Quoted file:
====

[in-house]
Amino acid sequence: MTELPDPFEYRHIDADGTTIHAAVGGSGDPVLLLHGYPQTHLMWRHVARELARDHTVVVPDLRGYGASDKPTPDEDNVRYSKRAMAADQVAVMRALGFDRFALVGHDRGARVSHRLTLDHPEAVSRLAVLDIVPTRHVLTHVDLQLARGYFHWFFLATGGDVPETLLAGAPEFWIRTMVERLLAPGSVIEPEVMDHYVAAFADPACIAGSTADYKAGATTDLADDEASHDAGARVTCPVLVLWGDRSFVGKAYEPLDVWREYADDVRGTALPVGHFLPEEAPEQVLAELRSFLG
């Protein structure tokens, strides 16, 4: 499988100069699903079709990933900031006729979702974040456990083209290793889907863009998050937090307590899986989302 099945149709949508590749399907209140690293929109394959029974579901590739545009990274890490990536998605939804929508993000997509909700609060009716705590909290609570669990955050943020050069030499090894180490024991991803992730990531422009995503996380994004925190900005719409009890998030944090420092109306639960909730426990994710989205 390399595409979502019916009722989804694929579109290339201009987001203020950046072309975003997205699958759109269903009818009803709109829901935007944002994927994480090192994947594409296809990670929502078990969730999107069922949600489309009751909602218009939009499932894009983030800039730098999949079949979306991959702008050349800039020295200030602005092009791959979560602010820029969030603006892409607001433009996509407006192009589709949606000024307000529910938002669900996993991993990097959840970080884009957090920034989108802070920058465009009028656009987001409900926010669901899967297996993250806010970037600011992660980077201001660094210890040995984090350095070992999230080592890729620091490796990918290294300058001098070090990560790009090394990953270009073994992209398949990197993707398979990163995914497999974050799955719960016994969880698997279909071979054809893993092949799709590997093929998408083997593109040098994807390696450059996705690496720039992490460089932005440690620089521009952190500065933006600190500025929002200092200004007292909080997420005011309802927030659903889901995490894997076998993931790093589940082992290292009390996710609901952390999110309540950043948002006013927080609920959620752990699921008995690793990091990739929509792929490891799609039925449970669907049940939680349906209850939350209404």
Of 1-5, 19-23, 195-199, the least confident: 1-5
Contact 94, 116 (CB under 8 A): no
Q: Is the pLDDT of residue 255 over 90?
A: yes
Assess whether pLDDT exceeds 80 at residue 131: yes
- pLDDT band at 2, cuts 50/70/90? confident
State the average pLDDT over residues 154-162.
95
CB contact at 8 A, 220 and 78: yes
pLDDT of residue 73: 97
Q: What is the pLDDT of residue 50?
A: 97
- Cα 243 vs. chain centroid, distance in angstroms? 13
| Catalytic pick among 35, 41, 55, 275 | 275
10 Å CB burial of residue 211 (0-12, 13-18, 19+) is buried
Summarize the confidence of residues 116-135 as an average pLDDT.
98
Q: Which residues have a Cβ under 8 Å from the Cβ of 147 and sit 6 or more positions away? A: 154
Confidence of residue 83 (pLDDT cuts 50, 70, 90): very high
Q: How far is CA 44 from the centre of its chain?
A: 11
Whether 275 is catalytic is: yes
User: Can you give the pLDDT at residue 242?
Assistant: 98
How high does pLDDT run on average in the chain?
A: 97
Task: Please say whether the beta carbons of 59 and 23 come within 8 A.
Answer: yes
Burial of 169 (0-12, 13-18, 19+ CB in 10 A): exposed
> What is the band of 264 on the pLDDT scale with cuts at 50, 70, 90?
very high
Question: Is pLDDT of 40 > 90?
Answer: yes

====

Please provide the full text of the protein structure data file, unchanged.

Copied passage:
[in-house]
Amino acid sequence: MTELPDPFEYRHIDADGTTIHAAVGGSGDPVLLLHGYPQTHLMWRHVARELARDHTVVVPDLRGYGASDKPTPDEDNVRYSKRAMAADQVAVMRALGFDRFALVGHDRGARVSHRLTLDHPEAVSRLAVLDIVPTRHVLTHVDLQLARGYFHWFFLATGGDVPETLLAGAPEFWIRTMVERLLAPGSVIEPEVMDHYVAAFADPACIAGSTADYKAGATTDLADDEASHDAGARVTCPVLVLWGDRSFVGKAYEPLDVWREYADDVRGTALPVGHFLPEEAPEQVLAELRSFLG
């Protein structure tokens, strides 16, 4: 499988100069699903079709990933900031006729979702974040456990083209290793889907863009998050937090307590899986989302 099945149709949508590749399907209140690293929109394959029974579901590739545009990274890490990536998605939804929508993000997509909700609060009716705590909290609570669990955050943020050069030499090894180490024991991803992730990531422009995503996380994004925190900005719409009890998030944090420092109306639960909730426990994710989205 390399595409979502019916009722989804694929579109290339201009987001203020950046072309975003997205699958759109269903009818009803709109829901935007944002994927994480090192994947594409296809990670929502078990969730999107069922949600489309009751909602218009939009499932894009983030800039730098999949079949979306991959702008050349800039020295200030602005092009791959979560602010820029969030603006892409607001433009996509407006192009589709949606000024307000529910938002669900996993991993990097959840970080884009957090920034989108802070920058465009009028656009987001409900926010669901899967297996993250806010970037600011992660980077201001660094210890040995984090350095070992999230080592890729620091490796990918290294300058001098070090990560790009090394990953270009073994992209398949990197993707398979990163995914497999974050799955719960016994969880698997279909071979054809893993092949799709590997093929998408083997593109040098994807390696450059996705690496720039992490460089932005440690620089521009952190500065933006600190500025929002200092200004007292909080997420005011309802927030659903889901995490894997076998993931790093589940082992290292009390996710609901952390999110309540950043948002006013927080609920959620752990699921008995690793990091990739929509792929490891799609039925449970669907049940939680349906209850939350209404």
Of 1-5, 19-23, 195-199, the least confident: 1-5
Contact 94, 116 (CB under 8 A): no
Q: Is the pLDDT of residue 255 over 90?
A: yes
Assess whether pLDDT exceeds 80 at residue 131: yes
- pLDDT band at 2, cuts 50/70/90? confident
State the average pLDDT over residues 154-162.
95
CB contact at 8 A, 220 and 78: yes
pLDDT of residue 73: 97
Q: What is the pLDDT of residue 50?
A: 97
- Cα 243 vs. chain centroid, distance in angstroms? 13
| Catalytic pick among 35, 41, 55, 275 | 275
10 Å CB burial of residue 211 (0-12, 13-18, 19+) is buried
Summarize the confidence of residues 116-135 as an average pLDDT.
98
Q: Which residues have a Cβ under 8 Å from the Cβ of 147 and sit 6 or more positions away? A: 154
Confidence of residue 83 (pLDDT cuts 50, 70, 90): very high
Q: How far is CA 44 from the centre of its chain?
A: 11
Whether 275 is catalytic is: yes
User: Can you give the pLDDT at residue 242?
Assistant: 98
How high does pLDDT run on average in the chain?
A: 97
Task: Please say whether the beta carbons of 59 and 23 come within 8 A.
Answer: yes
Burial of 169 (0-12, 13-18, 19+ CB in 10 A): exposed
> What is the band of 264 on the pLDDT scale with cuts at 50, 70, 90?
very high
Question: Is pLDDT of 40 > 90?
Answer: yes